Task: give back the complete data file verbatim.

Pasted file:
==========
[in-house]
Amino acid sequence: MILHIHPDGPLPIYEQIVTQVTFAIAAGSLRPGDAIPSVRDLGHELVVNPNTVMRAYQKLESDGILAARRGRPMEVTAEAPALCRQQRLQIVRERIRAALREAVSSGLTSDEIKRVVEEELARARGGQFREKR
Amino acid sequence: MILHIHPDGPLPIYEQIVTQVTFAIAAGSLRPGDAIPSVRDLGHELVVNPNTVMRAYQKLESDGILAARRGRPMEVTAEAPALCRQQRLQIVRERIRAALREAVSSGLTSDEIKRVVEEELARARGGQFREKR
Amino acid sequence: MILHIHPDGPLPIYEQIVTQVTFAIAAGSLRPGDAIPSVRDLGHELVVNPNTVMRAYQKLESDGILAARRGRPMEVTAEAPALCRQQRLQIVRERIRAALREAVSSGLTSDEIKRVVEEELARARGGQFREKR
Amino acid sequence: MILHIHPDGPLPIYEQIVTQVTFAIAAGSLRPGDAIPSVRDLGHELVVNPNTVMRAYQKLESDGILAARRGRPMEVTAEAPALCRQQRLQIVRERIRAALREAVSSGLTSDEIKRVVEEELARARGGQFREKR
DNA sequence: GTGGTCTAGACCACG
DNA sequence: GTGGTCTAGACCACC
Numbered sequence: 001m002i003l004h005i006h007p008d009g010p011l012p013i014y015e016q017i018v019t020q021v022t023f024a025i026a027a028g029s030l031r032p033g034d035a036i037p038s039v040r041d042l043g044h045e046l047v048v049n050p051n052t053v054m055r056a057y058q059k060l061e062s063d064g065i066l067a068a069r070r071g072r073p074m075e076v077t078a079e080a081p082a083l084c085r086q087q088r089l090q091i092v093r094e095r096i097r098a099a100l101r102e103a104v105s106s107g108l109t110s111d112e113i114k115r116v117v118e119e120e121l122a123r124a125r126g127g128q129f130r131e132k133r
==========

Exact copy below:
[in-house]
Amino acid sequence: MILHIHPDGPLPIYEQIVTQVTFAIAAGSLRPGDAIPSVRDLGHELVVNPNTVMRAYQKLESDGILAARRGRPMEVTAEAPALCRQQRLQIVRERIRAALREAVSSGLTSDEIKRVVEEELARARGGQFREKR
Amino acid sequence: MILHIHPDGPLPIYEQIVTQVTFAIAAGSLRPGDAIPSVRDLGHELVVNPNTVMRAYQKLESDGILAARRGRPMEVTAEAPALCRQQRLQIVRERIRAALREAVSSGLTSDEIKRVVEEELARARGGQFREKR
Amino acid sequence: MILHIHPDGPLPIYEQIVTQVTFAIAAGSLRPGDAIPSVRDLGHELVVNPNTVMRAYQKLESDGILAARRGRPMEVTAEAPALCRQQRLQIVRERIRAALREAVSSGLTSDEIKRVVEEELARARGGQFREKR
Amino acid sequence: MILHIHPDGPLPIYEQIVTQVTFAIAAGSLRPGDAIPSVRDLGHELVVNPNTVMRAYQKLESDGILAARRGRPMEVTAEAPALCRQQRLQIVRERIRAALREAVSSGLTSDEIKRVVEEELARARGGQFREKR
DNA sequence: GTGGTCTAGACCACG
DNA sequence: GTGGTCTAGACCACC
Numbered sequence: 001m002i003l004h005i006h007p008d009g010p011l012p013i014y015e016q017i018v019t020q021v022t023f024a025i026a027a028g029s030l031r032p033g034d035a036i037p038s039v040r041d042l043g044h045e046l047v048v049n050p051n052t053v054m055r056a057y058q059k060l061e062s063d064g065i066l067a068a069r070r071g072r073p074m075e076v077t078a079e080a081p082a083l084c085r086q087q088r089l090q091i092v093r094e095r096i097r098a099a100l101r102e103a104v105s106s107g108l109t110s111d112e113i114k115r116v117v118e119e120e121l122a123r124a125r126g127g128q129f130r131e132k133r